THE POWER! OH, MY GOODNESS, THE POWER! That was the biggest difference we noticed between the Promaster we’re used to and this new Transit rig. Just … wow. The EKKO climbs mountains with ease and accelerates effortlessly when you want to pass someone quickly. All the safety features and options on the Transit chassis are the icing on the cake. Adaptive cruise control is life-changing. Great choice of chassis, as far as we’re concerned.
On the flip side of all that chassis awesome, there is the wider turning radius, which unfortunately came into play more frequently than we realized. Plus, the EKKO is a slightly bigger rig than what we’re used to, so it took us a minute to get “in sync” with how it handles. Once we did, it was fine, and I grew just as comfortable driving it as our campervan. There was also more wind noise at high speeds than our van, although James worked hard at making our Lance one of the quietest Promasters out there, so I’m not sure it’s a fair comparison. And finally, gas mileage was significantly less than our Promaster too, with the EKKO averaging about 12mpg.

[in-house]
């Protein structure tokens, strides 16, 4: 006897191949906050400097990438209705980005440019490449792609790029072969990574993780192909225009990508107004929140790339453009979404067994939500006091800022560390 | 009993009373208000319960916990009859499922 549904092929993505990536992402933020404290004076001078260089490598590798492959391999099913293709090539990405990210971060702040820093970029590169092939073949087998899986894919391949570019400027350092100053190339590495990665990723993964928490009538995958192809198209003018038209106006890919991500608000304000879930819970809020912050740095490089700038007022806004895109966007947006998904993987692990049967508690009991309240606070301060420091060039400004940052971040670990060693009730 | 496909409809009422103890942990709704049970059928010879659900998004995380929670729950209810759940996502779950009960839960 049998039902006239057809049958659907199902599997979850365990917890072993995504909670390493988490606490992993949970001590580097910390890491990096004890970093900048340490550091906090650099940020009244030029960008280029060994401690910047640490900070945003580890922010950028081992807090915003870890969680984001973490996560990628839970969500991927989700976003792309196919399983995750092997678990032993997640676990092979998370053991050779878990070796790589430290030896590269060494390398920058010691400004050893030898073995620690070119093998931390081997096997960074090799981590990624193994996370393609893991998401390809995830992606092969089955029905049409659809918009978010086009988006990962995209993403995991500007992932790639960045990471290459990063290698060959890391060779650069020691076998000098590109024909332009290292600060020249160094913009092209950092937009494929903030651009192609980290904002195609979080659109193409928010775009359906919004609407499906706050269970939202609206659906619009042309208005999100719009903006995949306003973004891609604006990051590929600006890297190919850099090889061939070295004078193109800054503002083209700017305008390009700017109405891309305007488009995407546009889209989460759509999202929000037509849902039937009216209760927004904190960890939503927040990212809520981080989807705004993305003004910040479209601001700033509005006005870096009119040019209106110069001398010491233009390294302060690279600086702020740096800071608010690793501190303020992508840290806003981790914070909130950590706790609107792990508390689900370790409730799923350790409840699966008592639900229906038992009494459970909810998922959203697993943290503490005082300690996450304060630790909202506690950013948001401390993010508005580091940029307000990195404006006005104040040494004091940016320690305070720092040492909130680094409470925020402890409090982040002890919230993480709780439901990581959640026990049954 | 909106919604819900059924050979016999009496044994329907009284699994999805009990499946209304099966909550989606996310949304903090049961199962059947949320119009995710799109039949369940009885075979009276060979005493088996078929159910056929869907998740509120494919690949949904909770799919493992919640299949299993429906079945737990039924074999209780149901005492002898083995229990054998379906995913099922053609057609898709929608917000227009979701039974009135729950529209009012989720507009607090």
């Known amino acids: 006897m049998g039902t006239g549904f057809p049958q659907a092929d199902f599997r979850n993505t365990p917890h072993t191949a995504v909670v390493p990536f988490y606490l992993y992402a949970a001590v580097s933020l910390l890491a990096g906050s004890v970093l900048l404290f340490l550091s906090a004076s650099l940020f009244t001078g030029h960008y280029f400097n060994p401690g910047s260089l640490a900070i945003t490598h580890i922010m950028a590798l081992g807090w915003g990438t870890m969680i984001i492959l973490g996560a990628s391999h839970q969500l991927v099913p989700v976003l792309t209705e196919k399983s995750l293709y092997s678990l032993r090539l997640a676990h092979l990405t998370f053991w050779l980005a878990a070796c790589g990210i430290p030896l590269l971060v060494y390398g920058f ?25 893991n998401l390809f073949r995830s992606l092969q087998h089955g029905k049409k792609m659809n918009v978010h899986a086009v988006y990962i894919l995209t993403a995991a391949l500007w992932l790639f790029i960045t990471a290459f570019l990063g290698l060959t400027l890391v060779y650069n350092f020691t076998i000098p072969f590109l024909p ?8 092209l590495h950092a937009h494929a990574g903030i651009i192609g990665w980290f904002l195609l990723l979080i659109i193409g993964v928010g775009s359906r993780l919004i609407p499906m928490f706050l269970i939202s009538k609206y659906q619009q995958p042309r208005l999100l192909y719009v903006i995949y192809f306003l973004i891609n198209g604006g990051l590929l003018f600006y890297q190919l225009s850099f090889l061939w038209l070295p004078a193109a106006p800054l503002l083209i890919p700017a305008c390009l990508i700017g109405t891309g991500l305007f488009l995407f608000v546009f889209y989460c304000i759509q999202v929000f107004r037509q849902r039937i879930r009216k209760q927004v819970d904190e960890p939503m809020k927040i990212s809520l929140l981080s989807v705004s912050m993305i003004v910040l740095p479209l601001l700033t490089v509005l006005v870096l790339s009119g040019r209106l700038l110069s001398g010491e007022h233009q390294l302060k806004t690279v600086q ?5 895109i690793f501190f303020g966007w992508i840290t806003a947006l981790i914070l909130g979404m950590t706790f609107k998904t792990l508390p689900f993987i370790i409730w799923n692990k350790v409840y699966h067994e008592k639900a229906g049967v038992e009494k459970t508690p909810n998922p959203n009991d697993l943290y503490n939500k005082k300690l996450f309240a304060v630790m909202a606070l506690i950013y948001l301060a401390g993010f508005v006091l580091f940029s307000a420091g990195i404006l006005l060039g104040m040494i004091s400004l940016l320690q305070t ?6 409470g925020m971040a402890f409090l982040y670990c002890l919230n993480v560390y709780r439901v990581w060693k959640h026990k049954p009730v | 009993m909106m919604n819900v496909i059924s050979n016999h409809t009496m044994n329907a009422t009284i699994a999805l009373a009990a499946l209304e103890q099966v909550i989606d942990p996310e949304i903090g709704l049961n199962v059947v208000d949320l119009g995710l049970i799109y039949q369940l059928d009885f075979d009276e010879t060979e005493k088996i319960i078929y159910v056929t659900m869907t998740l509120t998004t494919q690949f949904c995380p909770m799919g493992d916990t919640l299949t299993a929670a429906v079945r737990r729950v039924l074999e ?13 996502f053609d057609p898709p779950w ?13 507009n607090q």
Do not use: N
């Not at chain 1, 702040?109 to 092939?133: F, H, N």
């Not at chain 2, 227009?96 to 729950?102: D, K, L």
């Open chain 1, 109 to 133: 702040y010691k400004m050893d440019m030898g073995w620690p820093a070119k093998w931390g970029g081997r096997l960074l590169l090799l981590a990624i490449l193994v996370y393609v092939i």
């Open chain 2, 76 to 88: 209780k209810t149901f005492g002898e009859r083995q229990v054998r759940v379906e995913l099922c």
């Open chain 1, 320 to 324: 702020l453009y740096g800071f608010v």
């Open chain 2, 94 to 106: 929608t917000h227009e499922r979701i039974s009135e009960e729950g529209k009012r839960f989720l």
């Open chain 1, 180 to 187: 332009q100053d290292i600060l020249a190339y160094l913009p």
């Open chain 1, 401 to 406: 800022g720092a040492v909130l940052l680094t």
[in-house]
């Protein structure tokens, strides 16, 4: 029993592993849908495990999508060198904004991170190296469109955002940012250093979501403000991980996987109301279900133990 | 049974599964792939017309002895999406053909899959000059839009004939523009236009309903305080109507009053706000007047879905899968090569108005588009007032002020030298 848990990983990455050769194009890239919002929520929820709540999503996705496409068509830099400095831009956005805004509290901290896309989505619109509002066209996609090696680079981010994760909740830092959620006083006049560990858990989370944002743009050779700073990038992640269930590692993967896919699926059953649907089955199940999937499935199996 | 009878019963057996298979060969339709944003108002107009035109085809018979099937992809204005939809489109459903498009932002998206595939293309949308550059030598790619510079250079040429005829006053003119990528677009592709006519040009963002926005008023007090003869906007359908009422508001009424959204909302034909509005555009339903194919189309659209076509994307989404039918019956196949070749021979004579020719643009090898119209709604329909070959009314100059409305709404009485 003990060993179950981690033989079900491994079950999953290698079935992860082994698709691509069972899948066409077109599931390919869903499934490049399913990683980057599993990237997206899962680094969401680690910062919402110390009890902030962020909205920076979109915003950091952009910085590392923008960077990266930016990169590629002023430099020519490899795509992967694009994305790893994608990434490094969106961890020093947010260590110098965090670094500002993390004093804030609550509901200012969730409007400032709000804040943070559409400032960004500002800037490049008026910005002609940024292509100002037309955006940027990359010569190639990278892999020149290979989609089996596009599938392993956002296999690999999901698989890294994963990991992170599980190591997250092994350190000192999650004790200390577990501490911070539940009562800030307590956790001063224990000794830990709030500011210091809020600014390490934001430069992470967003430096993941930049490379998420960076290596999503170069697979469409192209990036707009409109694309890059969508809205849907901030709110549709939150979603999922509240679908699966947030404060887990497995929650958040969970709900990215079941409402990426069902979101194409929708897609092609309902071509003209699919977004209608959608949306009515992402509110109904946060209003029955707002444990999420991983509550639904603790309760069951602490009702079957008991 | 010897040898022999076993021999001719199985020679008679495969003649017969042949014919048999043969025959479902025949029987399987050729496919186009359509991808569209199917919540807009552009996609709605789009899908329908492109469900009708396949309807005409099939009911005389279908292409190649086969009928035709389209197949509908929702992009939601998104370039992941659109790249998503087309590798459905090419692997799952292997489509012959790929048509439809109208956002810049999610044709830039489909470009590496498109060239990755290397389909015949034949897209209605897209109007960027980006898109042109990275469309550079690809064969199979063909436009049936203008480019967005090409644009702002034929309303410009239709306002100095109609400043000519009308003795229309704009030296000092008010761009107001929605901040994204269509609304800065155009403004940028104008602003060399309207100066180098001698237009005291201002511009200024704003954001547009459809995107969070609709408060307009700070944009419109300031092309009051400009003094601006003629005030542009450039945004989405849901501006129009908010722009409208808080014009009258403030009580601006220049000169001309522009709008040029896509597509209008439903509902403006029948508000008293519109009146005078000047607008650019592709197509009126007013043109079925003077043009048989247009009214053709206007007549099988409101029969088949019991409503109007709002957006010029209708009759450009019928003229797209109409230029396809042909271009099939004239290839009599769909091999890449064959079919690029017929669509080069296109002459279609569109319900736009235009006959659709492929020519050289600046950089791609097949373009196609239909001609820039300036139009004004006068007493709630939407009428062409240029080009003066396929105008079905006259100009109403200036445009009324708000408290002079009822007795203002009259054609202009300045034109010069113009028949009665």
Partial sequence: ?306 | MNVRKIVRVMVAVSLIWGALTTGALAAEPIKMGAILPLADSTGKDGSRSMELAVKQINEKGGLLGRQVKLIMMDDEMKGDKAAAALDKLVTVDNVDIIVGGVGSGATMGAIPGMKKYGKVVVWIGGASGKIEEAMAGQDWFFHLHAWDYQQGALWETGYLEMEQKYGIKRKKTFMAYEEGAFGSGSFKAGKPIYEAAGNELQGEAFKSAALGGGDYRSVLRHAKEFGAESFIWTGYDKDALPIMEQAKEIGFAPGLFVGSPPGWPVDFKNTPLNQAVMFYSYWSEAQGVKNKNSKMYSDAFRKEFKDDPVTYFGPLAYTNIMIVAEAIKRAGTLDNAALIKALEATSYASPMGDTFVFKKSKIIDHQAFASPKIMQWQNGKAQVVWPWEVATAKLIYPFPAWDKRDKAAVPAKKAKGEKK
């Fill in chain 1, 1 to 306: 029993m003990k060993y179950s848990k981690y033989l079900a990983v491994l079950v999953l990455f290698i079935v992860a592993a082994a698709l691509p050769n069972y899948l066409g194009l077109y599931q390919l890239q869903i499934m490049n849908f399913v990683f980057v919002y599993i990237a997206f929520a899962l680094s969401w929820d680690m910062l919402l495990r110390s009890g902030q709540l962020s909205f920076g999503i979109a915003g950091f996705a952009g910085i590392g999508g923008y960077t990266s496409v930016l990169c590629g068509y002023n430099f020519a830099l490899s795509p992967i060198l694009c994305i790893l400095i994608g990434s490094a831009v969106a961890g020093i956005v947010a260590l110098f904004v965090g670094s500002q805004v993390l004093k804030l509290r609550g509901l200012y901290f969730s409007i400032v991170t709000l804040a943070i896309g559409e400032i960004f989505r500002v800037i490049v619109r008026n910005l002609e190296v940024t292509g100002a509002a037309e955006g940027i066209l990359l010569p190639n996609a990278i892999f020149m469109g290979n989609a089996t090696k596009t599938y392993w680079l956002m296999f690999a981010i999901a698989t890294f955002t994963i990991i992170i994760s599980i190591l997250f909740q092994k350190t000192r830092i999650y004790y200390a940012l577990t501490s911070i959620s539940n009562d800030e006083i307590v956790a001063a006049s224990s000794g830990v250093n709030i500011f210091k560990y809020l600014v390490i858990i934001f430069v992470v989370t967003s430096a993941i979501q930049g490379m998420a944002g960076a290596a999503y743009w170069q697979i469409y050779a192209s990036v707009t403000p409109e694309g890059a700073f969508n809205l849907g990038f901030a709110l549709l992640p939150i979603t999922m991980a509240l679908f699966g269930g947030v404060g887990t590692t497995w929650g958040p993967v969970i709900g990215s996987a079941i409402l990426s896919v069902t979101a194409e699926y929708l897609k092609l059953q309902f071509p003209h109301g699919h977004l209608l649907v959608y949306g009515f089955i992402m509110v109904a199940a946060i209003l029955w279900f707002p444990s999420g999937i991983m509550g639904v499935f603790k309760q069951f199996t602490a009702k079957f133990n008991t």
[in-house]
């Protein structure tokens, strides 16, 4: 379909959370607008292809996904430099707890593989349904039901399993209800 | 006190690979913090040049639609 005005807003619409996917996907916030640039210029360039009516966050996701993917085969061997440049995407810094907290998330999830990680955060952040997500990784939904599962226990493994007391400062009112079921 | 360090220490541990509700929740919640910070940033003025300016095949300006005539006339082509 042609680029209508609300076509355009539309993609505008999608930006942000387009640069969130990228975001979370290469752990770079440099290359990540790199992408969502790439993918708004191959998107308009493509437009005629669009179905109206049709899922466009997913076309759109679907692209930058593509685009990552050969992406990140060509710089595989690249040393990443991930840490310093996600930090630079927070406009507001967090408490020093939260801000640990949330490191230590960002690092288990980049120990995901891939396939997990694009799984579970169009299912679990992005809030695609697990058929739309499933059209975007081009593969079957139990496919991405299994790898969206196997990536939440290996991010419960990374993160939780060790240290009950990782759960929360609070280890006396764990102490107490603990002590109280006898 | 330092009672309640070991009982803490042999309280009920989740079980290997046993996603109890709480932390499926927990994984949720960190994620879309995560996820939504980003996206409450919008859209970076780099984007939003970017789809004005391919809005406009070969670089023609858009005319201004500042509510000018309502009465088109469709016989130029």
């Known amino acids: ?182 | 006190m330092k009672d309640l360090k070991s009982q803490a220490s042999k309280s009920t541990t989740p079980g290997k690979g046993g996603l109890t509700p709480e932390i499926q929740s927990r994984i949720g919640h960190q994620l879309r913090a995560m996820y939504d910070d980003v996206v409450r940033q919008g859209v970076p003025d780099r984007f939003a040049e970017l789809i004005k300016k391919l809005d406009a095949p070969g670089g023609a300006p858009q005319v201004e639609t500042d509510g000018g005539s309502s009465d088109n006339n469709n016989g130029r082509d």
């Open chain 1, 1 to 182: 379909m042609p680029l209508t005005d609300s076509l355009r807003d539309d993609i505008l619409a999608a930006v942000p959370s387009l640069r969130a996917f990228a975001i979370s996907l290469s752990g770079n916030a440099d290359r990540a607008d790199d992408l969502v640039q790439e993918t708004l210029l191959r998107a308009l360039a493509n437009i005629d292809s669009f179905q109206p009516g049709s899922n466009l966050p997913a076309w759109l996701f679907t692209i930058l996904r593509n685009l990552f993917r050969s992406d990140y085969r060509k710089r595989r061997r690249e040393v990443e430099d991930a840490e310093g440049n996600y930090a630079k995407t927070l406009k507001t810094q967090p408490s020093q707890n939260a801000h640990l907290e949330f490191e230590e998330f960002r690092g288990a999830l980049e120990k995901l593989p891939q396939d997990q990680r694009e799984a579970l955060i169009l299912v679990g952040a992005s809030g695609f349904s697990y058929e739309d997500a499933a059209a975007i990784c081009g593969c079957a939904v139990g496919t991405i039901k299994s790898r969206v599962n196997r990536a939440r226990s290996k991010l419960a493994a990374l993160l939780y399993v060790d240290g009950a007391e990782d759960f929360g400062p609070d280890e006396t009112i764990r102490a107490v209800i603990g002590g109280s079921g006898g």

The test EKKO had two Lithionics 320-amp hour batteries and no generator. Not once did we want for a generator. There was always plenty of battery power for anything we wanted to do, and we never needed to plug in. To be fair, we were using it in early spring in milder temperatures, so the air conditioner was only used minimally. Evaluating how the two-battery setup works with A/C will have to wait for warmer weather.
A pleasant surprise on the electrical front was the solar power setup. We’re accustomed to solar not mattering much on campervans with large lithium battery banks. But in this case, the solar was a happy bonus. It seemed that every time we looked, the battery had been topped off thanks to the solar. We’re fairly certain that, apart from air conditioning, this solar and battery setup could keep us camping indefinitely.
So, those were our main takeaways after camping with Testy. It was a sad day when we had to let Testy go. But the good news is, we’re just around the corner from getting our own EKKO! Thanks to our opportunity testing Testy, we already know we’re going to love it.